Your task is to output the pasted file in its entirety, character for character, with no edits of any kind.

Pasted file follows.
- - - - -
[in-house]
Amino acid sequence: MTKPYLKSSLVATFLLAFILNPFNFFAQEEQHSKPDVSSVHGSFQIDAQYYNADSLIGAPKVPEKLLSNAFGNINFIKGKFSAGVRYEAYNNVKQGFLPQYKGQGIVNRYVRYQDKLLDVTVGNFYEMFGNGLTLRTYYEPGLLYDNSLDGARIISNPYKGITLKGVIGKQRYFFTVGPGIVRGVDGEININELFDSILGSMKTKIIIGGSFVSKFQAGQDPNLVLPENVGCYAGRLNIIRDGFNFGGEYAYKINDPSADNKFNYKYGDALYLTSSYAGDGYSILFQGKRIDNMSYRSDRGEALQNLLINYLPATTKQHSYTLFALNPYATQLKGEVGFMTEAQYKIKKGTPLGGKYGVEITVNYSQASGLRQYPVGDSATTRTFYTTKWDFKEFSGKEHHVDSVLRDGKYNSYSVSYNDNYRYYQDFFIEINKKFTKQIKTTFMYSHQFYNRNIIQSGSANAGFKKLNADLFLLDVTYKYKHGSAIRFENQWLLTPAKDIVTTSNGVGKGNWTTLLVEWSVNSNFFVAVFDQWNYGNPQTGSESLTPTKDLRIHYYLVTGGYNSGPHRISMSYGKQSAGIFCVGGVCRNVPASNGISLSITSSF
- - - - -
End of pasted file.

[in-house]
Amino acid sequence: MTKPYLKSSLVATFLLAFILNPFNFFAQEEQHSKPDVSSVHGSFQIDAQYYNADSLIGAPKVPEKLLSNAFGNINFIKGKFSAGVRYEAYNNVKQGFLPQYKGQGIVNRYVRYQDKLLDVTVGNFYEMFGNGLTLRTYYEPGLLYDNSLDGARIISNPYKGITLKGVIGKQRYFFTVGPGIVRGVDGEININELFDSILGSMKTKIIIGGSFVSKFQAGQDPNLVLPENVGCYAGRLNIIRDGFNFGGEYAYKINDPSADNKFNYKYGDALYLTSSYAGDGYSILFQGKRIDNMSYRSDRGEALQNLLINYLPATTKQHSYTLFALNPYATQLKGEVGFMTEAQYKIKKGTPLGGKYGVEITVNYSQASGLRQYPVGDSATTRTFYTTKWDFKEFSGKEHHVDSVLRDGKYNSYSVSYNDNYRYYQDFFIEINKKFTKQIKTTFMYSHQFYNRNIIQSGSANAGFKKLNADLFLLDVTYKYKHGSAIRFENQWLLTPAKDIVTTSNGVGKGNWTTLLVEWSVNSNFFVAVFDQWNYGNPQTGSESLTPTKDLRIHYYLVTGGYNSGPHRISMSYGKQSAGIFCVGGVCRNVPASNGISLSITSSF